No Word Yet On How Google Plans To Proceed With San Antonio Fiber Plans
Nearly a month ago, San Antonio halted Google Fiber's construction over complaints about the size, location and appearance of its infrastructure huts.
"Google, they're two to three weeks out ... before they talk to us. What we do know is they're re-evaluating the whole network here in San Antonio," said Deputy San Antonio City Manager Peter Zanoni at a Jan. 18 council briefing.
Now, three weeks later, city staff said while it has been in touch with Google, there's still no word on how the tech giant will address city and community concerns over the placement of the huts that house the fiber interface equipment.
The city halted construction of the remaining 15 Google huts and identified eight that will need to be relocated, which city staff said could mean a redesign of the fiber network in some areas.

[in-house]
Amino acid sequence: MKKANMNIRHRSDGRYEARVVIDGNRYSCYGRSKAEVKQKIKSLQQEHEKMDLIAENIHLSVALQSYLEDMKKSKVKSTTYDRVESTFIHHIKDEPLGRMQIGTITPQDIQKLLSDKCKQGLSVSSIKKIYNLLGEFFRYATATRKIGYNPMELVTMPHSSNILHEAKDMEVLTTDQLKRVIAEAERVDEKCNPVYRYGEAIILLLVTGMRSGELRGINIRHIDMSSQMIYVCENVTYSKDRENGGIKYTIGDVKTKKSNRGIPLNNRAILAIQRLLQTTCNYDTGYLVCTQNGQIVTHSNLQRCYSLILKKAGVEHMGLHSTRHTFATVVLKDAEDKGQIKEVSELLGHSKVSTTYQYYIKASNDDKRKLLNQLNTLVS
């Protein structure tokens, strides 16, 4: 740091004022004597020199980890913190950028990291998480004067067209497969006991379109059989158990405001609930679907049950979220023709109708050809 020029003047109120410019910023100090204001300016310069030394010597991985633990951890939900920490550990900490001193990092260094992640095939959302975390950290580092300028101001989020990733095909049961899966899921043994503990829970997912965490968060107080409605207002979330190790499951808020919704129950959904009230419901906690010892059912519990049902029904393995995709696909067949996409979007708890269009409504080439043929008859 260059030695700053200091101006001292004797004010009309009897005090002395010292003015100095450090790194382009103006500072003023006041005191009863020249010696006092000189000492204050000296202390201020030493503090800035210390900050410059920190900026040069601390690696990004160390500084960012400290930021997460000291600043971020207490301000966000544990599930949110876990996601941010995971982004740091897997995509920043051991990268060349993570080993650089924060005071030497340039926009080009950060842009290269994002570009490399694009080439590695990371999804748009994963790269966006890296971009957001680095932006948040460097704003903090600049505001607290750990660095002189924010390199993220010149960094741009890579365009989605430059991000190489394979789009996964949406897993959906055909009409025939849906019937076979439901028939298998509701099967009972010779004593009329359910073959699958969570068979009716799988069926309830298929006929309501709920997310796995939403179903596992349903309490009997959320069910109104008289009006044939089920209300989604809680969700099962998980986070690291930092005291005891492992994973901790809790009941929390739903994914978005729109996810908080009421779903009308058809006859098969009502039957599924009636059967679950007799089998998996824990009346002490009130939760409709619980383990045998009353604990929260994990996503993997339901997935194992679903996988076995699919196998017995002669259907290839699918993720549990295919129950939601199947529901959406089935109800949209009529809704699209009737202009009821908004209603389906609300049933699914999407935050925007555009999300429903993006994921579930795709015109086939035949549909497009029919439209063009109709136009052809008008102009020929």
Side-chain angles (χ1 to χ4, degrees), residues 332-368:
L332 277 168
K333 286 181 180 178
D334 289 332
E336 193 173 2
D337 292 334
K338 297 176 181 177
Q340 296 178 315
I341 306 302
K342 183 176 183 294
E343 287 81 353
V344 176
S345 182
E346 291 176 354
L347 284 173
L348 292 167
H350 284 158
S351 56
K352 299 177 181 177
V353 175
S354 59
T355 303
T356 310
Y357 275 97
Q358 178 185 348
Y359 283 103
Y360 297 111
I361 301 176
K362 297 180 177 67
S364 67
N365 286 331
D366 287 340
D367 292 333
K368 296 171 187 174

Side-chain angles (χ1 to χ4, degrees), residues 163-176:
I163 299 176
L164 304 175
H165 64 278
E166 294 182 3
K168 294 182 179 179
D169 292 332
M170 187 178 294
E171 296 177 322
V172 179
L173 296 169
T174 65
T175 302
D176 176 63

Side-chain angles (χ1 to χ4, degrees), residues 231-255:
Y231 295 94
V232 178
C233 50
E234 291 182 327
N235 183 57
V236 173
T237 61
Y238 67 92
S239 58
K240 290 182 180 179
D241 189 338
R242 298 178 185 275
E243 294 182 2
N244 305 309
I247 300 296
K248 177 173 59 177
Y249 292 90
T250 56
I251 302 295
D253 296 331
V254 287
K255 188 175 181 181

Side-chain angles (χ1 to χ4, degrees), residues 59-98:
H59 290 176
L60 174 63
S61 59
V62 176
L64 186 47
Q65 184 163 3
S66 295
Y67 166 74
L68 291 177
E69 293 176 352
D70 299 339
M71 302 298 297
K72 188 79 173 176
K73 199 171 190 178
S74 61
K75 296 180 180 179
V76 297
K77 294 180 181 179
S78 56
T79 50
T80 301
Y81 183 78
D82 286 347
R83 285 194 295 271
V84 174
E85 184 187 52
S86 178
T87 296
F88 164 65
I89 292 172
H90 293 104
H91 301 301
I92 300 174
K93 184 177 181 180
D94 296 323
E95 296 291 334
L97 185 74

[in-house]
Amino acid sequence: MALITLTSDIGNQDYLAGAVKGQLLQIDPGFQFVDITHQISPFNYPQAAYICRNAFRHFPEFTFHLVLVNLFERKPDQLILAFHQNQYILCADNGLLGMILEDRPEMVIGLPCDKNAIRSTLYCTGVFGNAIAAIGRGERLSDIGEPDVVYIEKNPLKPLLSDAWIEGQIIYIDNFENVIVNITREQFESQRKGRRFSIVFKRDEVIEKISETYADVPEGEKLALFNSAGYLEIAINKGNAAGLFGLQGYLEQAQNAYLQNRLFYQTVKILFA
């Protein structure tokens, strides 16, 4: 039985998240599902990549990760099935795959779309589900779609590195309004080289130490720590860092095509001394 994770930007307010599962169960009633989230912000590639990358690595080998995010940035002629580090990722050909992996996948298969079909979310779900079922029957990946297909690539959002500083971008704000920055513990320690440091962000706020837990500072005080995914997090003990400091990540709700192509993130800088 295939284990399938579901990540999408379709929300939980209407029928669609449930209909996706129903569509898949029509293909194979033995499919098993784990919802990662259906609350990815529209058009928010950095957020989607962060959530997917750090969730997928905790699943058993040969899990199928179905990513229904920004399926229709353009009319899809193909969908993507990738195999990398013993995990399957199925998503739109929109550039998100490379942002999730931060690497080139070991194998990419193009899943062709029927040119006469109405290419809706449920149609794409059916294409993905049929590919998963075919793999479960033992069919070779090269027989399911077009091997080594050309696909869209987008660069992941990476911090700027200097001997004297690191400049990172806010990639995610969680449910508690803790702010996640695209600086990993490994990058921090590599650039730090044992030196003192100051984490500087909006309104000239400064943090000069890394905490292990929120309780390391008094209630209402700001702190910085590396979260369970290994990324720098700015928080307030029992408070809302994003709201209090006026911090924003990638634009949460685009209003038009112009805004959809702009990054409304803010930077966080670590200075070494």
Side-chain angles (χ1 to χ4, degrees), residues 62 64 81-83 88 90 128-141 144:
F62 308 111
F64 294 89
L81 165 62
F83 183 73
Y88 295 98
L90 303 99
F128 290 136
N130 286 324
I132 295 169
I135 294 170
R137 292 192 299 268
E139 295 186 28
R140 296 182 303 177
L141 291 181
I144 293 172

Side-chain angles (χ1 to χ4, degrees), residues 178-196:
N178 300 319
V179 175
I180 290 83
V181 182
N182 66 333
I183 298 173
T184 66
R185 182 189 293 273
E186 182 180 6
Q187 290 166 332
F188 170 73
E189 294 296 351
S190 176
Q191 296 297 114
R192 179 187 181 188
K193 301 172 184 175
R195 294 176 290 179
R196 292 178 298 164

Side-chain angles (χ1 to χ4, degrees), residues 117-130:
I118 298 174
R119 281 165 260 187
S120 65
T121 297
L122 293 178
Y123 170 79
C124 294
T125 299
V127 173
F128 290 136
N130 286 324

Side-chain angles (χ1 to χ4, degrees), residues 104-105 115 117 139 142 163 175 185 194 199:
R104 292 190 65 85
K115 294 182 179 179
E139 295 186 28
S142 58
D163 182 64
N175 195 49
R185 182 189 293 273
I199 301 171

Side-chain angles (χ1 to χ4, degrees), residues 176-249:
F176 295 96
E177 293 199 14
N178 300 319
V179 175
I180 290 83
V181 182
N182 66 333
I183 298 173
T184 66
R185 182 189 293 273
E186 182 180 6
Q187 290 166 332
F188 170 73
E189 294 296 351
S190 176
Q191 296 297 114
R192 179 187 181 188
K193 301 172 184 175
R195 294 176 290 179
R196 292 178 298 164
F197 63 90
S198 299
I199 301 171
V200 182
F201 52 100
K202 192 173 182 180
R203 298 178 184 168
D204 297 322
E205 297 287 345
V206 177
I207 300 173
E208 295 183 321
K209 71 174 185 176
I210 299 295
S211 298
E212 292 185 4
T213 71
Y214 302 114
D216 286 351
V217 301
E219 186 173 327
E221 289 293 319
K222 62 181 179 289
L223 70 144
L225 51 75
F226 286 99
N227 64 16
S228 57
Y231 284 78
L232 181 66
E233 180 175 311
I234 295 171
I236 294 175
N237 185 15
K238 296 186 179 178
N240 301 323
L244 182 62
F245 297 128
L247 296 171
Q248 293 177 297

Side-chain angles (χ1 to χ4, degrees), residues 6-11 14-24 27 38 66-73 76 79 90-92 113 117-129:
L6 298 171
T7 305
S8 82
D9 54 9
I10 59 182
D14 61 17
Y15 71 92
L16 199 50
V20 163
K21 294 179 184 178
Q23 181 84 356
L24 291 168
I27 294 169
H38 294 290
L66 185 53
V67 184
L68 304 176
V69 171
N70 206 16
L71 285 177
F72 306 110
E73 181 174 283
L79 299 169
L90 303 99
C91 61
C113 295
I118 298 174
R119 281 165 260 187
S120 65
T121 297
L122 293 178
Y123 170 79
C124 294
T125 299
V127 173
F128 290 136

City Manager Sheryl Sculley said the city doesn't know how its action will impact Google's deployment.
"I'm unfamiliar with their timeline," she said. "They haven't shared that with us yet but I'm optimistic."
Councilman Mike Gallagher was optimistic in January after the initial pause, at the time saying he thought it would only be a month or two before things were back on track. Haskin Park, the site of the first Google Fiber hut and the first to receive backlash, is in his district. Gallagher's optimism has been tempered a bit.
"Yeah, I think we need to add another month or two onto that," he said.
Google Fiber representatives said they have no updates on their timeline.
Last week, Google Fiber started taking orders for internet service in Raleigh, North Carolina, where it is building in several municipalities called the "research triangle." Raleigh, like San Antonio, was named a Google Fiber expansion city in late 2015.